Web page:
They will have to look at building new council houses(call them affordable or starter homes with part ownership if you like)
why…?
Because unless they accept the changes to the housing market and and that all can’t afford to buy even at reduced prices they will be voted out and this seems very likely anyway. There are many people now on low and modest incomes who will react at the next vote and this does not seem to have been really been considered.
outcome – less pressure on the housing market to overheat.
The jobs market will be in trouble too, with an economy based on service we might become the sick man of Europe again.
answer… no more easy credit no matter what the economy is asking
decent interest rates for savers, secure (gaurenteed) properly risk factored and above inflation.
The FSA restructered so it is what it says on the tin. No more sloppy operations, what has happened in not new, thousands of pensioners lost their savings 2002/3 and watched while fat cats had huge salary incresaes and golden handshakes…wasn’t that a sign of things to come?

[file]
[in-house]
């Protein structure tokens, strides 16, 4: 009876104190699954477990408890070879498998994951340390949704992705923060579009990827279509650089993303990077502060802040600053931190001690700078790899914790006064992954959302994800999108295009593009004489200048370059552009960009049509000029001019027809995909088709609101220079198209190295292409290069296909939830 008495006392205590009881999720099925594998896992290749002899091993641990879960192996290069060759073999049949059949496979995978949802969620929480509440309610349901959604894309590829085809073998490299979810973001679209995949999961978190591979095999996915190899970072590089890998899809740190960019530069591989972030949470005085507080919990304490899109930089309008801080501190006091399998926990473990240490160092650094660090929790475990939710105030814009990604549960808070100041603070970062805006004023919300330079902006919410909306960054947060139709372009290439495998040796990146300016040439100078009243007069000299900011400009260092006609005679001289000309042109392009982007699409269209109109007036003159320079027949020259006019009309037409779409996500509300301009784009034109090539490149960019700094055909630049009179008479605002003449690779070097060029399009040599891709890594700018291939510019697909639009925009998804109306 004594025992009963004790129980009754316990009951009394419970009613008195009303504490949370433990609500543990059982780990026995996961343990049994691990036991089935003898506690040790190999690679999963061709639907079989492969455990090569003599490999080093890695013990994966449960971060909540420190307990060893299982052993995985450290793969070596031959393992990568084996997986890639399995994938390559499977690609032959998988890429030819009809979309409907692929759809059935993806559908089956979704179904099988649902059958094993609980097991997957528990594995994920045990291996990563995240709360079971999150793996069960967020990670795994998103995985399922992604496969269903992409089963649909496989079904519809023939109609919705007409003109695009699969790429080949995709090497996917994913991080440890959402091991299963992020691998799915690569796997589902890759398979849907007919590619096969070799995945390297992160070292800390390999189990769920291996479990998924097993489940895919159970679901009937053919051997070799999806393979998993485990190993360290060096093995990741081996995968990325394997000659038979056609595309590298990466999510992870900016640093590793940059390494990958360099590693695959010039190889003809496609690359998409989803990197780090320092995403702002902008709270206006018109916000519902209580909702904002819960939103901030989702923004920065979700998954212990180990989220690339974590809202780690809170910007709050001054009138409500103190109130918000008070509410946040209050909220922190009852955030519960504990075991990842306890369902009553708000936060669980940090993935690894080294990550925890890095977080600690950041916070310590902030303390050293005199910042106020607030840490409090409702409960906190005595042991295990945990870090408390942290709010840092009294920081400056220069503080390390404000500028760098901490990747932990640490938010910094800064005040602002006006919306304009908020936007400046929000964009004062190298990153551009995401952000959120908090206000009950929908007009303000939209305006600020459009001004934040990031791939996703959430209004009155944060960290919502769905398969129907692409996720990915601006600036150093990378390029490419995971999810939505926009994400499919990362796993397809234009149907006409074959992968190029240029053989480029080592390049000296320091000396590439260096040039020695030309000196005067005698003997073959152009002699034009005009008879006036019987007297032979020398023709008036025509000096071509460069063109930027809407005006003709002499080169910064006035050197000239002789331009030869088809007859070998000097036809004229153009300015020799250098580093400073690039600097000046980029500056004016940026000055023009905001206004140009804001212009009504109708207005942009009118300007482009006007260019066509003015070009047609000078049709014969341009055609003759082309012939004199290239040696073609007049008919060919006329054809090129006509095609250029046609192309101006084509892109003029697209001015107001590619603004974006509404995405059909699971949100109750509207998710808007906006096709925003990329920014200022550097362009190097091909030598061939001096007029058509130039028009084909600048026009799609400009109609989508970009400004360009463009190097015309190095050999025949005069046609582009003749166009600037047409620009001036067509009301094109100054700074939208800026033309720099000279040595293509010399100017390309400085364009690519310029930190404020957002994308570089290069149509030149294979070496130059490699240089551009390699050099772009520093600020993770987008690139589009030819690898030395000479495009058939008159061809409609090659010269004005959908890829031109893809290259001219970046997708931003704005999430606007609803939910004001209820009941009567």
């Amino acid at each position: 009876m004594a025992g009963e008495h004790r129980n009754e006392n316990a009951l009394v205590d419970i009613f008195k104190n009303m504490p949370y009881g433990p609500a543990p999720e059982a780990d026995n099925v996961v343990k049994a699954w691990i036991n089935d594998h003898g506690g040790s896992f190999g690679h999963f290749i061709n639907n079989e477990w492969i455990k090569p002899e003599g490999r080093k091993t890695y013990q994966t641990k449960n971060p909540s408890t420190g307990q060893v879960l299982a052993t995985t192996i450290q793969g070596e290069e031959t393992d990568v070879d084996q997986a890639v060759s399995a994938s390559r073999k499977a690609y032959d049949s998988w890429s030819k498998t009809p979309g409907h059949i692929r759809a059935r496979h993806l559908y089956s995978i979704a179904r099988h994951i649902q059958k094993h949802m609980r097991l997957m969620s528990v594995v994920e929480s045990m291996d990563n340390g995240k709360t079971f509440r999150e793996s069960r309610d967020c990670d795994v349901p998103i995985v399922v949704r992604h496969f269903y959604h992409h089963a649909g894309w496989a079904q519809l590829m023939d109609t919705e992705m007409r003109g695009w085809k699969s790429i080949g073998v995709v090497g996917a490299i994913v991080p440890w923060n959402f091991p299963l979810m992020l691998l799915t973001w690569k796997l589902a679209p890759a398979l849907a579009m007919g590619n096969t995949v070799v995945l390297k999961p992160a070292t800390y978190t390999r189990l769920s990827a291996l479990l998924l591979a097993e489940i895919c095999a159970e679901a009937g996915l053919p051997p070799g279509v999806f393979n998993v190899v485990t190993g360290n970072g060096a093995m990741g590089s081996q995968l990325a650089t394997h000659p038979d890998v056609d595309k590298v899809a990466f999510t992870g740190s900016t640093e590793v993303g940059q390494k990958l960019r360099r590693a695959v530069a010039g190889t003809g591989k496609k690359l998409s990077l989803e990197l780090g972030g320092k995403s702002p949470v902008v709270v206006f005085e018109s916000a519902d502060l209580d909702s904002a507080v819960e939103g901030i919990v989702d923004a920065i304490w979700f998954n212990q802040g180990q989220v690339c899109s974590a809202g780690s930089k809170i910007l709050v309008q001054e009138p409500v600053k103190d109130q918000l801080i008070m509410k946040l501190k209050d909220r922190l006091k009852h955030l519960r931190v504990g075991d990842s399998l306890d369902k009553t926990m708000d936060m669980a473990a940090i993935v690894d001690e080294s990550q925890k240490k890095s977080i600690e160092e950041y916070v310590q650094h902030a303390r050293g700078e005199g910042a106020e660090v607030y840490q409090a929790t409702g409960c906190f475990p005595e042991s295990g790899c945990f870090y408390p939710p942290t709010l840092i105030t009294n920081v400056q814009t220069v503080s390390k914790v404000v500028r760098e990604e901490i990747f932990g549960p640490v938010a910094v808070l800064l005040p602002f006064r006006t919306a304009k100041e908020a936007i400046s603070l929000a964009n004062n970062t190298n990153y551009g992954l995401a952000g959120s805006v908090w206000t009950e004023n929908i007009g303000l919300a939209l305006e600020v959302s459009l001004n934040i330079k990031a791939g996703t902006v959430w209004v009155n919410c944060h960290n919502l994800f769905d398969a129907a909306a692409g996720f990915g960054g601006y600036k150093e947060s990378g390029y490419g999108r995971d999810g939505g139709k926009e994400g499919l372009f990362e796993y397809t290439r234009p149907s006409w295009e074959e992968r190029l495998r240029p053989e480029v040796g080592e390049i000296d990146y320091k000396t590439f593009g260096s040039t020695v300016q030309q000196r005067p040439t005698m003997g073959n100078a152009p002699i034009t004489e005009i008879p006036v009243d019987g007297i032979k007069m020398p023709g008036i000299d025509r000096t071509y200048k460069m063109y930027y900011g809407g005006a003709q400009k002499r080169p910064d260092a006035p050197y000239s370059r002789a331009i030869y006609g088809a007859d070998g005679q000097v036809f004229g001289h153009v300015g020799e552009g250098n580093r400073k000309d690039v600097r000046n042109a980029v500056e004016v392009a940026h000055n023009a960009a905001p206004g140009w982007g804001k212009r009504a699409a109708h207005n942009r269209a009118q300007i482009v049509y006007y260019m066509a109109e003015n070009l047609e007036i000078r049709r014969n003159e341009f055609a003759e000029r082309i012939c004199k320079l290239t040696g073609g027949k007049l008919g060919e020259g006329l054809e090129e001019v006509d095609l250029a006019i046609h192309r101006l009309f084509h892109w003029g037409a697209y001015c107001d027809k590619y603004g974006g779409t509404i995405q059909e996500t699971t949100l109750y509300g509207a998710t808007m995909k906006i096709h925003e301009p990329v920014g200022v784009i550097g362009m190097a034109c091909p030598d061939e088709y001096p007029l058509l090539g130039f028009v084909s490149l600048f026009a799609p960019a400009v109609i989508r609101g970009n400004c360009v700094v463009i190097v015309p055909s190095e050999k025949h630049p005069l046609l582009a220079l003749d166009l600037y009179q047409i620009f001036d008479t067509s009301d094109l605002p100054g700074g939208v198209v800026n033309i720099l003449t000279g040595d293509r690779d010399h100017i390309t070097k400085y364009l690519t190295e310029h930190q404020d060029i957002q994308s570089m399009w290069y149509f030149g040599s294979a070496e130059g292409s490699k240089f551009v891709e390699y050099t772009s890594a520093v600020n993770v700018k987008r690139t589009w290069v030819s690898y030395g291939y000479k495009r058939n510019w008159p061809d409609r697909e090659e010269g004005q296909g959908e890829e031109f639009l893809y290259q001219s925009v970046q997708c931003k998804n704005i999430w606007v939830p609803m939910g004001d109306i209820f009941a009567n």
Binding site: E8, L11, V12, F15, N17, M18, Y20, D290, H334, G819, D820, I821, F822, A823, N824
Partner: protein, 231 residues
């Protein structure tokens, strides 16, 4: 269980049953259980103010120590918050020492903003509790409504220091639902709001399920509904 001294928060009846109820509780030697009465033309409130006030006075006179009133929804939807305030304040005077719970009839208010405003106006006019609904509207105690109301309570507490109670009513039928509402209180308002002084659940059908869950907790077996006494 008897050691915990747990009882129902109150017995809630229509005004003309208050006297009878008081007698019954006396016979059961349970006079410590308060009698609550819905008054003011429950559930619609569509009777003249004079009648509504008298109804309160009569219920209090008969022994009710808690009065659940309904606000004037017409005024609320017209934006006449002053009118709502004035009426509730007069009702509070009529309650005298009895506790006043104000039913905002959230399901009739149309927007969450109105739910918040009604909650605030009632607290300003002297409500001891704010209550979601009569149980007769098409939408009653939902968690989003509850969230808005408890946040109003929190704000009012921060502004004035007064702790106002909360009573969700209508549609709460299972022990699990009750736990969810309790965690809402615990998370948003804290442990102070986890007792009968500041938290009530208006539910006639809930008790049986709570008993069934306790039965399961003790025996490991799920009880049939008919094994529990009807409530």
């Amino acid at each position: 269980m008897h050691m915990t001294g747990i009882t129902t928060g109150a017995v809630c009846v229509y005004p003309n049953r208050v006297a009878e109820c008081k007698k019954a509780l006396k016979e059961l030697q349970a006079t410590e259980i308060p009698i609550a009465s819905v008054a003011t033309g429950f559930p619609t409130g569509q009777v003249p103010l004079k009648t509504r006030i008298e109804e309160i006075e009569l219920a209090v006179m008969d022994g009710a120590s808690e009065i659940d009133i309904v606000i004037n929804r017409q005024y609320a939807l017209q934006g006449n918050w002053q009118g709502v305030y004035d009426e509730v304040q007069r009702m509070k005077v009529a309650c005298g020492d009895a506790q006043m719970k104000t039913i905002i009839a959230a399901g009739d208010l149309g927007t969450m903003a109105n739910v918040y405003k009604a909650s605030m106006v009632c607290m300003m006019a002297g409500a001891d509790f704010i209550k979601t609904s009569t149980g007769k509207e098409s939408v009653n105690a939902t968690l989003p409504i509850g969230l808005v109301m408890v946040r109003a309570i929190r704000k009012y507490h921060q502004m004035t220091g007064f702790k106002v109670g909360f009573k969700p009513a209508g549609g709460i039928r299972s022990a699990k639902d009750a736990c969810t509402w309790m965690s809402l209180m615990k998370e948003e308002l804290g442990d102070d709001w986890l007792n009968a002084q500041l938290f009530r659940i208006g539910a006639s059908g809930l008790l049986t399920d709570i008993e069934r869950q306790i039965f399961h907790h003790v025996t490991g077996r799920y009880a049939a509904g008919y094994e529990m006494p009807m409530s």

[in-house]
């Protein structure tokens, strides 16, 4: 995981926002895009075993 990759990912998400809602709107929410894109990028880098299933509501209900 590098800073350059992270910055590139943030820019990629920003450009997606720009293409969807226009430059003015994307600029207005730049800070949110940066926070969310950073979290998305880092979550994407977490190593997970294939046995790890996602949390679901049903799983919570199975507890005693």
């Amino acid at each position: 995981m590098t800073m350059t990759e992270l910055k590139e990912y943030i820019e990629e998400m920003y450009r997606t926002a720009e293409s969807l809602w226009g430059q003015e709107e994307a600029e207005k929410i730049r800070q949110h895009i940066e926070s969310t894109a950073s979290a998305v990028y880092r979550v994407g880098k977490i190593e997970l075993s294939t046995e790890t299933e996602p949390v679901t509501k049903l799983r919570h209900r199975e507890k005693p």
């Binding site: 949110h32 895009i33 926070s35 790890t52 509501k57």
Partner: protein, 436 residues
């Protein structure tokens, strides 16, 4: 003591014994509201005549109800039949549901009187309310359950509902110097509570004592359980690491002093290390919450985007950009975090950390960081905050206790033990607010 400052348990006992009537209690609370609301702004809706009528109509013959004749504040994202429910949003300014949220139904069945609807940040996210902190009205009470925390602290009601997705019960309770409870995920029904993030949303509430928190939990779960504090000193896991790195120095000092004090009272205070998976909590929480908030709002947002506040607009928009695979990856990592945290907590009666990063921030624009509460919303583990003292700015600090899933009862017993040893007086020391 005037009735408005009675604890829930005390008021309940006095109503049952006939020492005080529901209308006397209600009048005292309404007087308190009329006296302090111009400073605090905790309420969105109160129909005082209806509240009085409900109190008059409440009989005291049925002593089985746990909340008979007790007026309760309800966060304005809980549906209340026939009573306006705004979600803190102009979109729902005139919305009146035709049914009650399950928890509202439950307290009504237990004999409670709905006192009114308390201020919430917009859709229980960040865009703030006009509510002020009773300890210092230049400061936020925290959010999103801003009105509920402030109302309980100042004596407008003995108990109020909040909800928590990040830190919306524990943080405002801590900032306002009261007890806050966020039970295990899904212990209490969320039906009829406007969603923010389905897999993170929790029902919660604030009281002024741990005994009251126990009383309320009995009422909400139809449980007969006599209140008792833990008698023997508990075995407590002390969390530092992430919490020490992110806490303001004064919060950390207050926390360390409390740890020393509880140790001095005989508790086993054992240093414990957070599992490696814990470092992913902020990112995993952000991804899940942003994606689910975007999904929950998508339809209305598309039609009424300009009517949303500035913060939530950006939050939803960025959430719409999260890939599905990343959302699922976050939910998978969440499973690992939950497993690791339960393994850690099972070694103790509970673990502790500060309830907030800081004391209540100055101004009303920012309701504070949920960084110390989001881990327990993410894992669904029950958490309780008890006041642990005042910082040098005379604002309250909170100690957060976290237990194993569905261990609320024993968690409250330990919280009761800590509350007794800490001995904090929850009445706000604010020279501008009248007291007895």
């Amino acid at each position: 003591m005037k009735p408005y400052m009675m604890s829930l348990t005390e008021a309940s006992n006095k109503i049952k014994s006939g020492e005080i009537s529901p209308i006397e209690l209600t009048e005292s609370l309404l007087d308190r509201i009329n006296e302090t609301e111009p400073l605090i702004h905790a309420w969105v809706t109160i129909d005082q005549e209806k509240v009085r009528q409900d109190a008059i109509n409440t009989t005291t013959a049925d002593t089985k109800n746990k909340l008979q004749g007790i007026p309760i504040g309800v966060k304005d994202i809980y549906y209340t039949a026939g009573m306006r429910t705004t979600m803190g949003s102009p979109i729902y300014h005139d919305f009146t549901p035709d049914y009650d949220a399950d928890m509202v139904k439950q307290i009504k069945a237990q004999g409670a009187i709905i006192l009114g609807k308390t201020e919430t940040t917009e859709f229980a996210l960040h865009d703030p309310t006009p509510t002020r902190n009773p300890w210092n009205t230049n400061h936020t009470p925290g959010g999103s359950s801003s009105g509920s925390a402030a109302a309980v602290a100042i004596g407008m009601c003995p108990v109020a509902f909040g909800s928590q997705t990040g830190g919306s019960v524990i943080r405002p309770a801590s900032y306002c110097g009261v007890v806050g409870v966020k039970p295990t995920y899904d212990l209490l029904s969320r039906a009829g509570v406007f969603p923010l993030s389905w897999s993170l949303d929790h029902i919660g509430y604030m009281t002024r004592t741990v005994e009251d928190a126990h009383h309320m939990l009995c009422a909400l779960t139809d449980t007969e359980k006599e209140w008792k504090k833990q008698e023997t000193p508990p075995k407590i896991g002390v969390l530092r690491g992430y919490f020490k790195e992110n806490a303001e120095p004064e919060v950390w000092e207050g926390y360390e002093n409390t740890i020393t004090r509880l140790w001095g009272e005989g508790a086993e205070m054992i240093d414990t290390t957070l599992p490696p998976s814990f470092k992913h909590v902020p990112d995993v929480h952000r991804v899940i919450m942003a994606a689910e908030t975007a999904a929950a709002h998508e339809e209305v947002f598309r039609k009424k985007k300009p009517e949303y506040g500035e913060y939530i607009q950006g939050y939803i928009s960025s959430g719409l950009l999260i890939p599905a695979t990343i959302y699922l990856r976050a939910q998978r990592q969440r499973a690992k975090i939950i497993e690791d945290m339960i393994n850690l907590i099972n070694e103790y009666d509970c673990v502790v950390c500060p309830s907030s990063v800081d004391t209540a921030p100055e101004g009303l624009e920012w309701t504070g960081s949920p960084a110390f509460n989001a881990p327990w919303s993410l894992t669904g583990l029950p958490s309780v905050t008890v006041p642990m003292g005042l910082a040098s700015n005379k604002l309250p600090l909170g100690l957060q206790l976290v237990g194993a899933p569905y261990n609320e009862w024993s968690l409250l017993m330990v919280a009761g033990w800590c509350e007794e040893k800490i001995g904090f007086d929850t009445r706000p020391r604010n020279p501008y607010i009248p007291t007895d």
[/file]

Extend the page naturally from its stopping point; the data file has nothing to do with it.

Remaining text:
winners…
landlords and rent but not with the capital property gains they have enjoyed so far, more like the 1960′s or the continent.

Posted by mammachou | Report as abusive
 

TheTruthIs: “No one can possibly predict such a skewed resolution and it is folly to try to pretend that we know more than the markets do.”

Unfortunately, if you read the article again you’ll see that Mr Clare draws his conclusion FROM the markets: The level at which traders are buying and selling futures contracts based on the Halifax house price index.

So if you think the situation isn’t as bad as this, you’d better be hoping that the markets are wrong!

Posted by Dylan Summers | Report as abusive
 

Looking back over the last 40 years or so, periods of real house price growth (relative to RPI) have been followed by equally long (or short) periods of real negative growth. This time round, we’ve had about 12 years of real growth, so we could now get 12 years of negative real growth.

This talk of prices bottoming out in a year or two takes no account of what’s happened in past slumps – in the 90′s it took about 7 years peak to trough, so why do people think it’ll be only three years this time round? Short memories.

Posted by Mark | Report as abusive